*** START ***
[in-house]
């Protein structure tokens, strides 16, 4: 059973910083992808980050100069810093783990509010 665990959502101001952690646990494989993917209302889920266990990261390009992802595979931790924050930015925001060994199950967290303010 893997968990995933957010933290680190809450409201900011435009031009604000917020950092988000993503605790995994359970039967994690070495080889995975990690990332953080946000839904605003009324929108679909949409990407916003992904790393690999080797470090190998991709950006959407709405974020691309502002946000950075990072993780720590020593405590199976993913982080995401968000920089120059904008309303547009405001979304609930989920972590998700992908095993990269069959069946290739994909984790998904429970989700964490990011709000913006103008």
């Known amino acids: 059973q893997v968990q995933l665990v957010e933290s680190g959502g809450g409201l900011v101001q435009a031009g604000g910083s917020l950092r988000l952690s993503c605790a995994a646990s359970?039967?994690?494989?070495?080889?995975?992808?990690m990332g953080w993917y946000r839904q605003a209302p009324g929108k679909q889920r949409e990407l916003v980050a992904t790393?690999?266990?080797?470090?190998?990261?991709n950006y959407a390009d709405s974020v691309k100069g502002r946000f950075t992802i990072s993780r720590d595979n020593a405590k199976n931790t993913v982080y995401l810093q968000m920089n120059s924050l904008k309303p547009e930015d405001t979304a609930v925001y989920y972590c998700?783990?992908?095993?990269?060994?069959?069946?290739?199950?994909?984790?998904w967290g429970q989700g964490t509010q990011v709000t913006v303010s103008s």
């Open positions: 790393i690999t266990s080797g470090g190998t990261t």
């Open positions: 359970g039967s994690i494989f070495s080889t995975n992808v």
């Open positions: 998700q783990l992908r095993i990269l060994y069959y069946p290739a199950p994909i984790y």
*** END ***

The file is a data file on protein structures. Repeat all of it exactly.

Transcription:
[in-house]
């Protein structure tokens, strides 16, 4: 059973910083992808980050100069810093783990509010 665990959502101001952690646990494989993917209302889920266990990261390009992802595979931790924050930015925001060994199950967290303010 893997968990995933957010933290680190809450409201900011435009031009604000917020950092988000993503605790995994359970039967994690070495080889995975990690990332953080946000839904605003009324929108679909949409990407916003992904790393690999080797470090190998991709950006959407709405974020691309502002946000950075990072993780720590020593405590199976993913982080995401968000920089120059904008309303547009405001979304609930989920972590998700992908095993990269069959069946290739994909984790998904429970989700964490990011709000913006103008």
């Known amino acids: 059973q893997v968990q995933l665990v957010e933290s680190g959502g809450g409201l900011v101001q435009a031009g604000g910083s917020l950092r988000l952690s993503c605790a995994a646990s359970?039967?994690?494989?070495?080889?995975?992808?990690m990332g953080w993917y946000r839904q605003a209302p009324g929108k679909q889920r949409e990407l916003v980050a992904t790393?690999?266990?080797?470090?190998?990261?991709n950006y959407a390009d709405s974020v691309k100069g502002r946000f950075t992802i990072s993780r720590d595979n020593a405590k199976n931790t993913v982080y995401l810093q968000m920089n120059s924050l904008k309303p547009e930015d405001t979304a609930v925001y989920y972590c998700?783990?992908?095993?990269?060994?069959?069946?290739?199950?994909?984790?998904w967290g429970q989700g964490t509010q990011v709000t913006v303010s103008s």
């Open positions: 790393i690999t266990s080797g470090g190998t990261t």
């Open positions: 359970g039967s994690i494989f070495s080889t995975n992808v």
């Open positions: 998700q783990l992908r095993i990269l060994y069959y069946p290739a199950p994909i984790y």